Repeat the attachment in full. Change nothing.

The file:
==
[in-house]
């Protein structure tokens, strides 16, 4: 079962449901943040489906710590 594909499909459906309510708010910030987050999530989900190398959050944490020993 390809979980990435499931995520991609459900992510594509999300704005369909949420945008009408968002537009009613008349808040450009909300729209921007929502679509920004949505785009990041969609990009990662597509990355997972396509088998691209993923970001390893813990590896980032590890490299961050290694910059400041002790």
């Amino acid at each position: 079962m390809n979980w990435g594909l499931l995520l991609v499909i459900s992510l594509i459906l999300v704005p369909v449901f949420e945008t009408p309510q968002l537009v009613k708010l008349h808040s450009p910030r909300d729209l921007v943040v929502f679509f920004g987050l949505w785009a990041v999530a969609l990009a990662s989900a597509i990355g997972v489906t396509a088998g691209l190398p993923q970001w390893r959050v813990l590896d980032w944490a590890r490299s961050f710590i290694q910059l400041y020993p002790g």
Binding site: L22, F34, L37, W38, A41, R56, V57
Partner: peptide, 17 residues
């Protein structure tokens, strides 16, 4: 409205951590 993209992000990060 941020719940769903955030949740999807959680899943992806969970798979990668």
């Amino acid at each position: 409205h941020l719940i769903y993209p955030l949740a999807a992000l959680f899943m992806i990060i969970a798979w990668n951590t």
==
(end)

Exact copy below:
[in-house]
């Protein structure tokens, strides 16, 4: 079962449901943040489906710590 594909499909459906309510708010910030987050999530989900190398959050944490020993 390809979980990435499931995520991609459900992510594509999300704005369909949420945008009408968002537009009613008349808040450009909300729209921007929502679509920004949505785009990041969609990009990662597509990355997972396509088998691209993923970001390893813990590896980032590890490299961050290694910059400041002790």
């Amino acid at each position: 079962m390809n979980w990435g594909l499931l995520l991609v499909i459900s992510l594509i459906l999300v704005p369909v449901f949420e945008t009408p309510q968002l537009v009613k708010l008349h808040s450009p910030r909300d729209l921007v943040v929502f679509f920004g987050l949505w785009a990041v999530a969609l990009a990662s989900a597509i990355g997972v489906t396509a088998g691209l190398p993923q970001w390893r959050v813990l590896d980032w944490a590890r490299s961050f710590i290694q910059l400041y020993p002790g």
Binding site: L22, F34, L37, W38, A41, R56, V57
Partner: peptide, 17 residues
């Protein structure tokens, strides 16, 4: 409205951590 993209992000990060 941020719940769903955030949740999807959680899943992806969970798979990668």
């Amino acid at each position: 409205h941020l719940i769903y993209p955030l949740a999807a992000l959680f899943m992806i990060i969970a798979w990668n951590t």